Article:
Wednesday, October 26, 2011


A leaked government report, prepared by a venture capitalist/Conservative Party donor, argues that “unproductive workers” should lose their right to claim unfair dismissal. I think this could set a really dangerous precedent.
Clearly, there ARE cases of slackers (or whatever you might call them) but, as someone who employed people for nearly 30 years, I am well aware of the need to ensure that all employees are “on board” as far as the company/organisation is concerned. In my view, trying to ensure that you employ the “right” people in the first place and, crucially, communication are the key factors. In all my time as an employer, I think we only made one “mistake” – and it wasn’t anything to do with the member of staff being “unproductive”, it was the person’s negative attitude towards his work and his colleagues (I didn’t have to sack him, he left after 3 years, but he was definitely a “bad apple”!).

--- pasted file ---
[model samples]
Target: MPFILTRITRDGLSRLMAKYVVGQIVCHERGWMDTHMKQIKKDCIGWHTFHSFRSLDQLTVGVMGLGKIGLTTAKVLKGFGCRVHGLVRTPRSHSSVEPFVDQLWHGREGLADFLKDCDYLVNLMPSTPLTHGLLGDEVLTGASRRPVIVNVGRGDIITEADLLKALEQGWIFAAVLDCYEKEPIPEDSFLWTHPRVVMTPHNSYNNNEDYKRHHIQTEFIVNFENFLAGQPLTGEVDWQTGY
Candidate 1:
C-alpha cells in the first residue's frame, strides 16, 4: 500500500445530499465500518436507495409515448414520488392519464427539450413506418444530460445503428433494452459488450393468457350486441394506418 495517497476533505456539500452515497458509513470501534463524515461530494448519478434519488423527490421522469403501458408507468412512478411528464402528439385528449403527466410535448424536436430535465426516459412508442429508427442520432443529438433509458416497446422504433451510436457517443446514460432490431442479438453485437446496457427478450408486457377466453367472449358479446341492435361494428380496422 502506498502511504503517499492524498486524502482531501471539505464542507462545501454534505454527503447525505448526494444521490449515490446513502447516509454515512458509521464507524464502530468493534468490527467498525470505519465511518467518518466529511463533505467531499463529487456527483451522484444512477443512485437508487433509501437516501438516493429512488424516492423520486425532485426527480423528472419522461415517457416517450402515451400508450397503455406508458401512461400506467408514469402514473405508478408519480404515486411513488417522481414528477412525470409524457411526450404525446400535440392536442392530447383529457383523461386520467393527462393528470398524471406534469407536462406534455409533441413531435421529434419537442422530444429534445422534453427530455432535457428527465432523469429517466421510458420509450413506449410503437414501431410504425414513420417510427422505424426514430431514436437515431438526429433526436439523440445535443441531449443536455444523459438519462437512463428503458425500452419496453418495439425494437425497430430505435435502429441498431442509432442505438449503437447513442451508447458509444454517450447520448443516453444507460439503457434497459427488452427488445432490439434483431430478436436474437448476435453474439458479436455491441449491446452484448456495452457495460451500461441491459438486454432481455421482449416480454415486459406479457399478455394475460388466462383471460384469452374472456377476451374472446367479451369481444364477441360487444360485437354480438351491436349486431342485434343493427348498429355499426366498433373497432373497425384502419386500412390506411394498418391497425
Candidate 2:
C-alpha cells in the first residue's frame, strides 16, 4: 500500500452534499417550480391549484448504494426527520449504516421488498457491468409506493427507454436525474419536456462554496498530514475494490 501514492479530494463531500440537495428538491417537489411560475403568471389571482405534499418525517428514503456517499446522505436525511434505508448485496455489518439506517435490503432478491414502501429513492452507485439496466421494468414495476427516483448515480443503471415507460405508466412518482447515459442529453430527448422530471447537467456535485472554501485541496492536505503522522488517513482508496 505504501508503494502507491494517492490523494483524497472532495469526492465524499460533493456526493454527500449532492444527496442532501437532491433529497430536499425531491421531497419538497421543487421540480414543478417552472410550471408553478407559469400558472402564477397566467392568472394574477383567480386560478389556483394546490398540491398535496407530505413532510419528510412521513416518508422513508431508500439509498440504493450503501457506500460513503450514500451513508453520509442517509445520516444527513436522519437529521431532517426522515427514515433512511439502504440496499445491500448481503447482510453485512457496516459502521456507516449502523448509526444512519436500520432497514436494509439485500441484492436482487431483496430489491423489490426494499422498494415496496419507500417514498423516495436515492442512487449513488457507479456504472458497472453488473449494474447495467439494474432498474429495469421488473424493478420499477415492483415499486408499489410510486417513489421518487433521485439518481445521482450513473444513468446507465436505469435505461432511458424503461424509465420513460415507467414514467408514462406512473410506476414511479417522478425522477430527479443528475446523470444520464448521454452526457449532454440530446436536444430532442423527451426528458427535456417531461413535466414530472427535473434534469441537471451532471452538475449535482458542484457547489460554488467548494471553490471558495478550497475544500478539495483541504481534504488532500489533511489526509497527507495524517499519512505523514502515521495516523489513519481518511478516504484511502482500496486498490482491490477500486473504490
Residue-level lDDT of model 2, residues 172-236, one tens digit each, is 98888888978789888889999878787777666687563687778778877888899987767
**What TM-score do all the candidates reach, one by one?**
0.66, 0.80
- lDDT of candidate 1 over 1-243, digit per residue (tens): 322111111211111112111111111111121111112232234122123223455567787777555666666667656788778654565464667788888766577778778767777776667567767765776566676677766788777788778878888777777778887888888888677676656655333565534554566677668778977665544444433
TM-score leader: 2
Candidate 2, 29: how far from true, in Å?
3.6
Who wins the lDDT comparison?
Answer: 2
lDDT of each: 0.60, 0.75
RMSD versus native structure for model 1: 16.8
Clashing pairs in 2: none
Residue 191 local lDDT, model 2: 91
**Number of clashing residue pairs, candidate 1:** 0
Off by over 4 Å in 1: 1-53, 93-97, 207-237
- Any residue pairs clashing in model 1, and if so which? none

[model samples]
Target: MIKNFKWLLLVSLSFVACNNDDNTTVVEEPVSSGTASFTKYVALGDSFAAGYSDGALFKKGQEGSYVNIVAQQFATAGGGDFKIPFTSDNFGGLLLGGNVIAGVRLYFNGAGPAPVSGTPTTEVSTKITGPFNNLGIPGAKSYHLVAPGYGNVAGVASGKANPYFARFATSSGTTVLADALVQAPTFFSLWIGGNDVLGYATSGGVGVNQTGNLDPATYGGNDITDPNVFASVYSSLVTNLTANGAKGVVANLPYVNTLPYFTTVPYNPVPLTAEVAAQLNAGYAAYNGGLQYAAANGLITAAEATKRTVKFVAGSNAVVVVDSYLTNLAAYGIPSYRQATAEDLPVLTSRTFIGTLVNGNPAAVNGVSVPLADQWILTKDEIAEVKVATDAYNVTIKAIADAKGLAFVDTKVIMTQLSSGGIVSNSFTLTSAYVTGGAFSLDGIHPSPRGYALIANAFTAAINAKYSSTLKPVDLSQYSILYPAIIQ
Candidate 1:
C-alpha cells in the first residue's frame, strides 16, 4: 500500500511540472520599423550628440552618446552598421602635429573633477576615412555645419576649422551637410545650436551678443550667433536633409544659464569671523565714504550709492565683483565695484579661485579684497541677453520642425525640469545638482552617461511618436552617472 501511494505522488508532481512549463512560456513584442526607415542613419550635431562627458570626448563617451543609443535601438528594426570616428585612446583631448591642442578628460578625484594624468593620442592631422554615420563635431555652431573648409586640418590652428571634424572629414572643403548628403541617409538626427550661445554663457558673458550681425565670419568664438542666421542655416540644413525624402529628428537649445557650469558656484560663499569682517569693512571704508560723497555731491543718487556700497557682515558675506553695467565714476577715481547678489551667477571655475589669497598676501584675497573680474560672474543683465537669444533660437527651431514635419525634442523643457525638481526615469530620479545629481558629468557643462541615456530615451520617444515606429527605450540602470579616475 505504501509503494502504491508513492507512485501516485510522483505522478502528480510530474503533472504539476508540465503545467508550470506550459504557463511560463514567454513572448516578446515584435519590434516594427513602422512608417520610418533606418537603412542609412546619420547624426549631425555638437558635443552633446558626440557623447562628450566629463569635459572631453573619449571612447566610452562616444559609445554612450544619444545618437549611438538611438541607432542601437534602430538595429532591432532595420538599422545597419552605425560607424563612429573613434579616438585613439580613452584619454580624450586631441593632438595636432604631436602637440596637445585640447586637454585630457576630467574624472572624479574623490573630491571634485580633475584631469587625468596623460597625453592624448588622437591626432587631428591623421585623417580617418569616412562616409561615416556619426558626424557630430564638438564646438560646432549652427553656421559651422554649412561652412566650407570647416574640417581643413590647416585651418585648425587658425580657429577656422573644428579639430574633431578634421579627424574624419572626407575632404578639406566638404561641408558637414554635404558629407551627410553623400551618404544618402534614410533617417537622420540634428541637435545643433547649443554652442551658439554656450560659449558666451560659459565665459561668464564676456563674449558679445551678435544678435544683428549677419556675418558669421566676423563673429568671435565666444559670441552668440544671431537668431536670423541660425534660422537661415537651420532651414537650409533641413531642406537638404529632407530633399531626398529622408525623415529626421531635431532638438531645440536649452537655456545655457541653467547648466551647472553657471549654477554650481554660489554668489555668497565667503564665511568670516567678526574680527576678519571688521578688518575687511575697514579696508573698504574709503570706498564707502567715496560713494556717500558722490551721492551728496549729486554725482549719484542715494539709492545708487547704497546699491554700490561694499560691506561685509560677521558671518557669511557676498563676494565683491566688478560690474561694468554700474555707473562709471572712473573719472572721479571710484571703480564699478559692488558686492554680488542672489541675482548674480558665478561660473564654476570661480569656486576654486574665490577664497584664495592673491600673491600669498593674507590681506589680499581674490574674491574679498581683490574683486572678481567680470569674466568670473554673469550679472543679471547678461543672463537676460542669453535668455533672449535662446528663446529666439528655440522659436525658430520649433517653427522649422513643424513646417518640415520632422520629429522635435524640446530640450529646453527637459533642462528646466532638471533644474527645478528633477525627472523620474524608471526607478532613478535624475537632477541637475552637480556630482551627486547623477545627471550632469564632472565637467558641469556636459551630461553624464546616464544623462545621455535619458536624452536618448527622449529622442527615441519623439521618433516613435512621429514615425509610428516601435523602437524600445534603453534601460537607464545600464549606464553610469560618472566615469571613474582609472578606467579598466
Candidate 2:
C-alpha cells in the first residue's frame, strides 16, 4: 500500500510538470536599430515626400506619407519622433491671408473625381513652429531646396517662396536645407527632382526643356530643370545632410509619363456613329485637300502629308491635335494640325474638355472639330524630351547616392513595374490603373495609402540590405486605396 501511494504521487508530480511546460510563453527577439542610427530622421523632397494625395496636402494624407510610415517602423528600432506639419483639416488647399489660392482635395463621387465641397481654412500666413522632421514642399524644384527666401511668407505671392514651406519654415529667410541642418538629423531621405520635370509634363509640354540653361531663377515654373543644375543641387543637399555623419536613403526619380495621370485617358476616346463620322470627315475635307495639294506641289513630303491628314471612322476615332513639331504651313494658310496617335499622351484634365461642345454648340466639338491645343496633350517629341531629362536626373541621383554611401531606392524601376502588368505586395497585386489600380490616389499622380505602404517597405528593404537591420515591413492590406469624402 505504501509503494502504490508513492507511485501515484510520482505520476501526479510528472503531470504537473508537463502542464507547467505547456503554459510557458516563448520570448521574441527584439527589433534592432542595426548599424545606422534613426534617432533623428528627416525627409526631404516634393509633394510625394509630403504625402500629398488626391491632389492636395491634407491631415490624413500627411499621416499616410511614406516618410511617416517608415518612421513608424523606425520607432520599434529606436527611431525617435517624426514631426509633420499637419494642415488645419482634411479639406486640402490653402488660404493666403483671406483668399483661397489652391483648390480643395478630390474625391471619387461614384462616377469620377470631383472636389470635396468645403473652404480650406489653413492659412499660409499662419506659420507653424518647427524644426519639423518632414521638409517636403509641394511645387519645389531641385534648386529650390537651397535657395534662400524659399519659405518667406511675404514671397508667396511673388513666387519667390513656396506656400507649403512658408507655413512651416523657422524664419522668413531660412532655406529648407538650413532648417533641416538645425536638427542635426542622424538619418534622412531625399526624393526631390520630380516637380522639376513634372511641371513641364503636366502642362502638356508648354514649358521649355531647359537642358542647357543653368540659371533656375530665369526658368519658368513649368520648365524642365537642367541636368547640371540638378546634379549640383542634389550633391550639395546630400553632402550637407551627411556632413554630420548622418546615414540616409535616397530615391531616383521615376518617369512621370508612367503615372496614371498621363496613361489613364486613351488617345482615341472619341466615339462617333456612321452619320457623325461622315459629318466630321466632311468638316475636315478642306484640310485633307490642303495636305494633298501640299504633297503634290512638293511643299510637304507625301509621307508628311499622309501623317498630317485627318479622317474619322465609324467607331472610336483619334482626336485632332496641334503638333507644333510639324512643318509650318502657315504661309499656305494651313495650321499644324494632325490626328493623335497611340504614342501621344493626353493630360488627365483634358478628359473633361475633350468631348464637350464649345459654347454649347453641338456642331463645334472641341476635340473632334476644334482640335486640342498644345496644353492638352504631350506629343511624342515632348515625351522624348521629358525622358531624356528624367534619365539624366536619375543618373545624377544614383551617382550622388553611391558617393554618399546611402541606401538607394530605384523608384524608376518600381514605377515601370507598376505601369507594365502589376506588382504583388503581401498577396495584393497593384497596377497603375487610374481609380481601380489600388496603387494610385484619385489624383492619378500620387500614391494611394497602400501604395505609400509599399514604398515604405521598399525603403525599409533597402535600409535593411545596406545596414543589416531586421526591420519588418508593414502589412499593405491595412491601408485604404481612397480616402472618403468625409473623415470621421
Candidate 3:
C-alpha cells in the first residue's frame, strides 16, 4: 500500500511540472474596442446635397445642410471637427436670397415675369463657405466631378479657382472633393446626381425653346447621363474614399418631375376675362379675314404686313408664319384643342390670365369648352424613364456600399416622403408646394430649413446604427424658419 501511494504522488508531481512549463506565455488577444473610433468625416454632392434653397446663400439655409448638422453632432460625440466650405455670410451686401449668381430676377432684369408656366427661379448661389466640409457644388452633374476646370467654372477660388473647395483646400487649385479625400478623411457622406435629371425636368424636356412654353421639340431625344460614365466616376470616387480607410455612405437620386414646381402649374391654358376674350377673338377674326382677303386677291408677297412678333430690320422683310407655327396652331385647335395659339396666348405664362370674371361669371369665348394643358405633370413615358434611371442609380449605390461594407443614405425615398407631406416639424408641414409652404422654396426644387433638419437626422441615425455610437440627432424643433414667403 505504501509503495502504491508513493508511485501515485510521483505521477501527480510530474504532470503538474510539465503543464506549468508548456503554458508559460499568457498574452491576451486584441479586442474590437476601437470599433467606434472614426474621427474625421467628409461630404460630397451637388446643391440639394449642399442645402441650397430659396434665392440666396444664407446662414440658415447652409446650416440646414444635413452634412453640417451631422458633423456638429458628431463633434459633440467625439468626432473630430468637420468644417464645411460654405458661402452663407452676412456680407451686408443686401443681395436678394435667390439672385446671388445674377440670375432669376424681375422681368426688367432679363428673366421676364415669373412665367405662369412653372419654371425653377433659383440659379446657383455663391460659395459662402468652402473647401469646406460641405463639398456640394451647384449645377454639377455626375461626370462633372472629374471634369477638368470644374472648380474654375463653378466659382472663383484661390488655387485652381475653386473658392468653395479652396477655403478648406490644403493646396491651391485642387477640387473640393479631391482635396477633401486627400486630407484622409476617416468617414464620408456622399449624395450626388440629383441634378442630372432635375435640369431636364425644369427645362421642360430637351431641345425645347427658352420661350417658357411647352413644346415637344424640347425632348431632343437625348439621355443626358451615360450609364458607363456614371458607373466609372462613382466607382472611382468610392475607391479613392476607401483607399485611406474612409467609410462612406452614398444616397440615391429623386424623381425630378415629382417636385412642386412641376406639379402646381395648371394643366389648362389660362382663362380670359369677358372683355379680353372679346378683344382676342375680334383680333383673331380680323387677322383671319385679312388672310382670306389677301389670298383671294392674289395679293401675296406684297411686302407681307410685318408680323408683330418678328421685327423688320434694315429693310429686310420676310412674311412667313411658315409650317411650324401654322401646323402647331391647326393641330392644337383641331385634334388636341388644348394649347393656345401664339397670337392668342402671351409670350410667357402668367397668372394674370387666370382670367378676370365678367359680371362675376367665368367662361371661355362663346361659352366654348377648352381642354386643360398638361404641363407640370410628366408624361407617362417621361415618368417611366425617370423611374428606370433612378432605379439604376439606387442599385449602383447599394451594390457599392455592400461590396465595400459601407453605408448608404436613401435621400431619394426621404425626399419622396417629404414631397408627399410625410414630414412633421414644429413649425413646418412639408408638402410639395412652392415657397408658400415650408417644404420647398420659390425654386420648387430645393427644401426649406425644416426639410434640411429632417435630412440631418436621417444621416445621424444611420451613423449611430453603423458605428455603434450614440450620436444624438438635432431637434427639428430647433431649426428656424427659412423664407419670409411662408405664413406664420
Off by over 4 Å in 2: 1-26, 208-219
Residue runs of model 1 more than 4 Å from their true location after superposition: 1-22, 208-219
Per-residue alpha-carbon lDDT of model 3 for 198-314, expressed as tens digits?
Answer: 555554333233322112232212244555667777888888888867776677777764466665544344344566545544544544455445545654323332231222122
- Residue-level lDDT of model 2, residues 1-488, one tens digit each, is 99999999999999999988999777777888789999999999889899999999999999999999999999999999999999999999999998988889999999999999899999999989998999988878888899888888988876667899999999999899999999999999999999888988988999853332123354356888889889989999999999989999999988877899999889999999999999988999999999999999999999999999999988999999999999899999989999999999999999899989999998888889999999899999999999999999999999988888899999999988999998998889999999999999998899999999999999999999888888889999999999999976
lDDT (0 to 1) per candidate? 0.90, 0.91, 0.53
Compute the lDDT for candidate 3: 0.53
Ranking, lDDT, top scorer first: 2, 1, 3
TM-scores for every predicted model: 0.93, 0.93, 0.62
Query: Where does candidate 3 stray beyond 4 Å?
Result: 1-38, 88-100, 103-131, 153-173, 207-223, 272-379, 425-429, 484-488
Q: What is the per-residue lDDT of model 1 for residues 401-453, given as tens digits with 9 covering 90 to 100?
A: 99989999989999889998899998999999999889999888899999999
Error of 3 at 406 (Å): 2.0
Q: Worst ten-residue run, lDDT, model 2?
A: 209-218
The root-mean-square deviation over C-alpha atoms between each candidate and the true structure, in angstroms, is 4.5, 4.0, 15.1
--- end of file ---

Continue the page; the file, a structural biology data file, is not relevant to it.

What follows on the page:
A number of general observations:
1. How do they propose to define an “unproductive worker”?
2. Good personnel management and “fairness” (working both ways) are crucial.
3. Setting a meaningful probationary period (perhaps up to 12 months?), with regular reviews, must make sense?
4. What about poor employers or line managers?
5. Might this just be another case of the government “leaking” a proposal so it can unveil a watered-down version in a few months’ time which doesn't create the same level of negative reaction?
Unfortunately, I can actually see a time when virtually all employees are on fixed-term contracts – with no guarantee of re-employment and people to apply for their own jobs at the end of the term (as/if appropriate).
I feel this could run and run…

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